Computational Model Library

The western honey bee Apis mellifera is the most important pollinator in the world. The biggest threat to managed honey bees is the ectoparasitic mite Varroa destructor and the viruses DWV (Deformed Wing Virus) and APV (Acute Paralysis Virus) it transmits. Untreated honey bee colonies are expected to die within one to three years. This led to the development of strategies for beekeepers to control the Varroa mite in honey bee colonies and ensure the health and survival of their bee colonies, so called Good Beekeeping Practice. The aim of the extension of BEEHAVE was to represent the Good Beekeeping Practice of Varroa control in Germany. The relevant measures within the Varroa control strategies are drone brood removal as a Varroa trap and the treatment of bee colonies with organic acaricides (formic and oxalic acid) to kill the mites. This extension improves BEEHAVE and builds a bridge between beekeepers in practice and in the modelling world. It vastly contributes to the future use of BEEHAVE in beekeeping education in Germany.

The purpose of the model is to simulate the future growth of human settlements in the Nile river valley in Egypt. The model contains processes to mimic spatial patterns found in the case study region.

ABSOLUG - Agent-based simulation of land-use governance

Marius von Essen | Published Mon Jan 10 19:40:51 2022 | Last modified Tue Sep 6 08:24:53 2022

The agent-based simulation of land-use governance (ABSOLUG) is a NetLogo model designed to explore the interactions between stakeholders and the impact of multi-stakeholder governance approaches on tropical deforestation. The purpose of ABSOLUG is to advance our understanding of land use governance, identify macro-level patterns of interaction among governments, commodity producers, and NGOs in tropical deforestation frontiers, and to set a foundation for generating middle-range theories for multi-stakeholder governance approaches. The model represents a simplified, generic, tropical commodity production system, as opposed to a specific empirical case, and as such aims to generate interpretable macro-level patterns that are based on plausible, micro-level behavioral rules. It is designed for scientists interested in land use governance of tropical commodity production systems, and for decision- and policy-makers seeking to develop or enhance governance schemes in multi-stakeholder commodity systems.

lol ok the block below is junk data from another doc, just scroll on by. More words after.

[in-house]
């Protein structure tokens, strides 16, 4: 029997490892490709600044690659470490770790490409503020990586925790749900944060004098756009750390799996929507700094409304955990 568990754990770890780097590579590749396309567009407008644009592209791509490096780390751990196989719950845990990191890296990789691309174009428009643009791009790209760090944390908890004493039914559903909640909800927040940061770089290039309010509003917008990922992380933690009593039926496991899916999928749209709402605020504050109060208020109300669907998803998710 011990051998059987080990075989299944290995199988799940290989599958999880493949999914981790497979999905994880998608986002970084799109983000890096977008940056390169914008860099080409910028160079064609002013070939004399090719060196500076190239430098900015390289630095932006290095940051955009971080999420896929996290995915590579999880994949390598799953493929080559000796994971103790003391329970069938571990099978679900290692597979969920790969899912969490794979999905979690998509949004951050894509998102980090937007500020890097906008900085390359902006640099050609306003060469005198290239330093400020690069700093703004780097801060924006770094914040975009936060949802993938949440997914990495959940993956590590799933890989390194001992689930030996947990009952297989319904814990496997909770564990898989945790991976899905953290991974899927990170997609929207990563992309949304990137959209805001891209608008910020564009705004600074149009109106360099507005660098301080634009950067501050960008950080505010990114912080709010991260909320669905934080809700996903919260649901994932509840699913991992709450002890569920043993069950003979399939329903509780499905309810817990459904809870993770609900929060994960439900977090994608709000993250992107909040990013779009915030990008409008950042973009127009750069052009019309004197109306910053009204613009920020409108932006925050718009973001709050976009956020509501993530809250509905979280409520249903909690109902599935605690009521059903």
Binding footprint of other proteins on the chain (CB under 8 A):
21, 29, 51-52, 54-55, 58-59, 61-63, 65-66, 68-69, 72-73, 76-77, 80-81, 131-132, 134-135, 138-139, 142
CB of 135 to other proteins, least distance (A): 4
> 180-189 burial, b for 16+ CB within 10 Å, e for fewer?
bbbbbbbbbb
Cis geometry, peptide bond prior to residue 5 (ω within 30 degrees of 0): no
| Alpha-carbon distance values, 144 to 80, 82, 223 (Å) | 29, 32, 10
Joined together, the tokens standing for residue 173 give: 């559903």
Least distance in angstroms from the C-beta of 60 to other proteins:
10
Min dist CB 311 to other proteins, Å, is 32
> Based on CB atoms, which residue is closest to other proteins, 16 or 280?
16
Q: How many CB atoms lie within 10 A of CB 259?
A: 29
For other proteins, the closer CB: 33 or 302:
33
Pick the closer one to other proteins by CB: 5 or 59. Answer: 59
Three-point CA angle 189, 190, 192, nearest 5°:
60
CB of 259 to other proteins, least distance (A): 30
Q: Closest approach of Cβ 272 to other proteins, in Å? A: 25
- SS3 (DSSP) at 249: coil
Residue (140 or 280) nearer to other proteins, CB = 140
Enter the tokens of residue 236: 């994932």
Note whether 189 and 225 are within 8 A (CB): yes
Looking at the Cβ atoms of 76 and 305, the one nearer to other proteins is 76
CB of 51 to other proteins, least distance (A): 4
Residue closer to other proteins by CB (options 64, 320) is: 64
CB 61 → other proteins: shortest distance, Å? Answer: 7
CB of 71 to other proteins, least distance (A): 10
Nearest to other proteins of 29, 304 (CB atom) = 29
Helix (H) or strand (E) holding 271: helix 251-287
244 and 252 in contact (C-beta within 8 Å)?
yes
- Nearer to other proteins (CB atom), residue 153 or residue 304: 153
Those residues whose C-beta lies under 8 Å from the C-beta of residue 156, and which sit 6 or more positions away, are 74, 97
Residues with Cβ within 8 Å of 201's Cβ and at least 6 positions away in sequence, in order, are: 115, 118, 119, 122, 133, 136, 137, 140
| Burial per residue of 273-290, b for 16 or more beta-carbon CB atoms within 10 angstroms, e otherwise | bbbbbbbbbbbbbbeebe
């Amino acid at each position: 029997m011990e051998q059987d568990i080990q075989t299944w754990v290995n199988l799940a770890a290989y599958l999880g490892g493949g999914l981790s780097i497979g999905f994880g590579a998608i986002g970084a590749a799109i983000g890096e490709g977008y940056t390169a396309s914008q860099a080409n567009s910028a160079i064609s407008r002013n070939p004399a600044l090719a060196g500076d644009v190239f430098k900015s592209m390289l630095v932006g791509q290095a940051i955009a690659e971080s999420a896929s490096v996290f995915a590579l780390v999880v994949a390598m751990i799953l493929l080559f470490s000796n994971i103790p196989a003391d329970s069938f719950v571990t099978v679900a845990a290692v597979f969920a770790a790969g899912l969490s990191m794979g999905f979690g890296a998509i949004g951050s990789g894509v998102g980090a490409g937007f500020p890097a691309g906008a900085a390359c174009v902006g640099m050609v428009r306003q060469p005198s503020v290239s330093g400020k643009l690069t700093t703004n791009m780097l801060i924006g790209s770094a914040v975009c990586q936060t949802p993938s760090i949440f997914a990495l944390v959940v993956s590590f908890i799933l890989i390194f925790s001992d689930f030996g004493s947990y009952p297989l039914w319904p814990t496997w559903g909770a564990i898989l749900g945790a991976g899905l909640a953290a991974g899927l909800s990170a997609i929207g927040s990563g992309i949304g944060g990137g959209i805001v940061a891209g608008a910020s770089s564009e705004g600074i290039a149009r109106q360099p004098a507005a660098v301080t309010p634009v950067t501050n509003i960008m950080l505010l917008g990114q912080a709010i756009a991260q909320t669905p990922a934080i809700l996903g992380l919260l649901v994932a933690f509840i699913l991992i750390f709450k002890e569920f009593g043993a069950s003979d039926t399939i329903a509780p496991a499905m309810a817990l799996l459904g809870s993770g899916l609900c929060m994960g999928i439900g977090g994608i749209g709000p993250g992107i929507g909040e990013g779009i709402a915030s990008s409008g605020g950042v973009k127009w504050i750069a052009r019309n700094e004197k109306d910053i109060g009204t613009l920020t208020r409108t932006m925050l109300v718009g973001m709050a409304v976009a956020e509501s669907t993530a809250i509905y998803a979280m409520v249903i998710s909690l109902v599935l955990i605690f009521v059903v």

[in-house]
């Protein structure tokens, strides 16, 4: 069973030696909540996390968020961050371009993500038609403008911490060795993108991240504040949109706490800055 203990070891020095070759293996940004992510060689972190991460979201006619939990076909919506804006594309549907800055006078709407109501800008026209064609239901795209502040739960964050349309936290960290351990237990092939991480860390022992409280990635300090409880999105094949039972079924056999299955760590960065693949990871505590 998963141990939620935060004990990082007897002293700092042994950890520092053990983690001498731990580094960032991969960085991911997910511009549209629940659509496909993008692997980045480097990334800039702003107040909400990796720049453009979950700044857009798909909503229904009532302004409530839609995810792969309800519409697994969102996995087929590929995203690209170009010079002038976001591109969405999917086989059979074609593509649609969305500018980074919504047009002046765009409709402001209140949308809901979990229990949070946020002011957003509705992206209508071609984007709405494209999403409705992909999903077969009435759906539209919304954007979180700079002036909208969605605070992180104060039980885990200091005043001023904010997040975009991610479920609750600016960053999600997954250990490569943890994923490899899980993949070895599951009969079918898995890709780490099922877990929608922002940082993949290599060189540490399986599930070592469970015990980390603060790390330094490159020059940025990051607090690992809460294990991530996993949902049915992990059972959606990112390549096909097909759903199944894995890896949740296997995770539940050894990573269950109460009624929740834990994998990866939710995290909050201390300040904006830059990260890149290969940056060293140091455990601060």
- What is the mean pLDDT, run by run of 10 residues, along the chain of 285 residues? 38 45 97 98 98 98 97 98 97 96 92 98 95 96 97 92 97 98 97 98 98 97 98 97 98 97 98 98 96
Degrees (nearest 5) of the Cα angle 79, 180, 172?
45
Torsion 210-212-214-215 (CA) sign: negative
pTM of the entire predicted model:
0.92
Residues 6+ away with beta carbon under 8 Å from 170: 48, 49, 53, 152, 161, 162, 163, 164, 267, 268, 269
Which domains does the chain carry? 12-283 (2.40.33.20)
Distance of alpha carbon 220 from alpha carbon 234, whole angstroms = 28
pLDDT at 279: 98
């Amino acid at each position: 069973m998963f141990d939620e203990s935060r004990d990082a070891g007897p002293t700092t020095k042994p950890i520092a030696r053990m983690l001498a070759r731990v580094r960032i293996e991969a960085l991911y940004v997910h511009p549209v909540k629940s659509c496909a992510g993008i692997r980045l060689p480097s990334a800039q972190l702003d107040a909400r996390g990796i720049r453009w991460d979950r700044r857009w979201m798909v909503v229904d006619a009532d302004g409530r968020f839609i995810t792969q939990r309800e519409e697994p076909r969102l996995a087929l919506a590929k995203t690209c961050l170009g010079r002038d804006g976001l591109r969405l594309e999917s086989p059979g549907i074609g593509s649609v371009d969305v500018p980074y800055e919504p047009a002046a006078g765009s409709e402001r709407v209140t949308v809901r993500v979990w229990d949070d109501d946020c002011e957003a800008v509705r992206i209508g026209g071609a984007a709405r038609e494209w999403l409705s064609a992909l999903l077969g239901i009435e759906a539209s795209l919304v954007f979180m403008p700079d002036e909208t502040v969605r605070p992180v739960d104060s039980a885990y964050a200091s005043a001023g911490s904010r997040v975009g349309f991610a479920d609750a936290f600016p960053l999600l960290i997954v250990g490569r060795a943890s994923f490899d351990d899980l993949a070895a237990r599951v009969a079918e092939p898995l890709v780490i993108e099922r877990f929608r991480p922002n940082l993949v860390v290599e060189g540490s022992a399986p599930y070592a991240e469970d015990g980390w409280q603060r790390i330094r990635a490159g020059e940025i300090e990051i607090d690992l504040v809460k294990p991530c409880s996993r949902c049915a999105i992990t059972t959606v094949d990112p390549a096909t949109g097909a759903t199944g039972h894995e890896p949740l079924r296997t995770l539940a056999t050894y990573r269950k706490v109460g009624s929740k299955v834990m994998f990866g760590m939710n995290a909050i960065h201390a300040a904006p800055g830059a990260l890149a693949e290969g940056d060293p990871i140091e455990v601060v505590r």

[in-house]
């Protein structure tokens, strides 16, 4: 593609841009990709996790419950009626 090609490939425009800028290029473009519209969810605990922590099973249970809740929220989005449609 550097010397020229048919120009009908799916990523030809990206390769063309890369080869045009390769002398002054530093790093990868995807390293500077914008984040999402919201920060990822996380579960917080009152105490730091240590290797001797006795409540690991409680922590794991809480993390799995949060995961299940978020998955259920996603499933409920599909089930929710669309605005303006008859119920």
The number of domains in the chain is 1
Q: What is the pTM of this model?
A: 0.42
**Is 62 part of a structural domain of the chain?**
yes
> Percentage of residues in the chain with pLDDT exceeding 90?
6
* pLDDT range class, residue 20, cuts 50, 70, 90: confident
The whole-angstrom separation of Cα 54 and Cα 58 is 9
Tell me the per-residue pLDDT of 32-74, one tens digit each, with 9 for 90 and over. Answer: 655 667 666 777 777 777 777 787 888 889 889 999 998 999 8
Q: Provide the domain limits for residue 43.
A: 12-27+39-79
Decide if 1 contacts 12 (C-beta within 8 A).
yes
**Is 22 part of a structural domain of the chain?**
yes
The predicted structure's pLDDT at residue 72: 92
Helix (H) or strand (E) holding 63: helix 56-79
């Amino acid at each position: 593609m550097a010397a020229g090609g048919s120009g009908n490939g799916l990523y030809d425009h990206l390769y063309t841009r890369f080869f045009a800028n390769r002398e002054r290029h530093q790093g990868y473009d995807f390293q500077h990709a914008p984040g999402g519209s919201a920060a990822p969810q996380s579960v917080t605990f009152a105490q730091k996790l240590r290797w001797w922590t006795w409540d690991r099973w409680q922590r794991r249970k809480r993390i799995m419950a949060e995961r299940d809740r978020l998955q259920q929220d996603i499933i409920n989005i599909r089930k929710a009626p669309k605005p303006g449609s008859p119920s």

Governing the commons

Marco Janssen | Published Tue Jan 14 17:12:29 2020 | Last modified Sun Jul 17 21:45:11 2022

Model on the use of shared renewable resources including impact of imitation via success-bias and altruistic punishment.
The model is discussed in Introduction to Agent-Based Modeling by Marco Janssen. For more information see

Competitive Arousal Agent Based Model

Zoé Chollet | Published Fri May 13 14:10:35 2022

What is it?

This model demonstrates a very simple bidding market where buyers try to acquire a desired item at the best price in a competitive environment

This proof-of-concept model explores the effects of how social and natural factors are incorporated (factor configuration) in environmentally induced migration. It is built in a conceptual environment where five regions are located in a row.

Spatial rangeland model

Marco Janssen | Published Tue Jan 22 01:51:09 2019 | Last modified Fri Mar 4 23:21:53 2022

Spatial explicit model of a rangeland system, based on Australian conditions, where grass, woody shrubs and fire compete fore resources. Overgrazing can cause the system to flip from a healthy state to an unproductive shrub state. With the model one can explore the consequences of different movement rules of the livestock on the resilience of the system.

The model is discussed in Introduction to Agent-Based Modeling by Marco Janssen. For more information see

Motivated by the emergence of new Peer-to-Peer insurance organizations that rethink how insurance is organized, we propose a theoretical model of decision-making in risk-sharing arrangements with risk heterogeneity and incomplete information about the risk distribution as core features. For these new, informal organisations, the available institutional solutions to heterogeneity (e.g., mandatory participation or price differentiation) are either impossible or undesirable. Hence, we need to understand the scope conditions under which individuals are motivated to participate in a bottom-up risk-sharing setting. The model puts forward participation as a utility maximizing alternative for agents with higher risk levels, who are more risk averse, are driven more by solidarity motives, and less susceptible to cost fluctuations. This basic micro-level model is used to simulate decision-making for agent populations in a dynamic, interdependent setting. Simulation results show that successful risk-sharing arrangements may work if participants are driven by motivations of solidarity or risk aversion, but this is less likely in populations more heterogeneous in risk, as the individual motivations can less often make up for the larger cost deficiencies. At the same time, more heterogeneous groups deal better with uncertainty and temporary cost fluctuations than more homogeneous populations do. In the latter, cascades following temporary peaks in support requests more often result in complete failure, while under full information about the risk distribution this would not have happened.

Police funding: legitimacy and hardship

Jack Mitcham | Published Sun Feb 27 19:35:02 2022

An extension of Epstein’s (2002) model for civil violence and Fonoberova et al’s (2012) extension of Epstein’s model. Uses heterogeneous hardship values and dynamic legitimacy values. Models public funding decisions between police and social welfare.

An agent-based model for the diffusion of innovations with multiple characteristics and price-premiums

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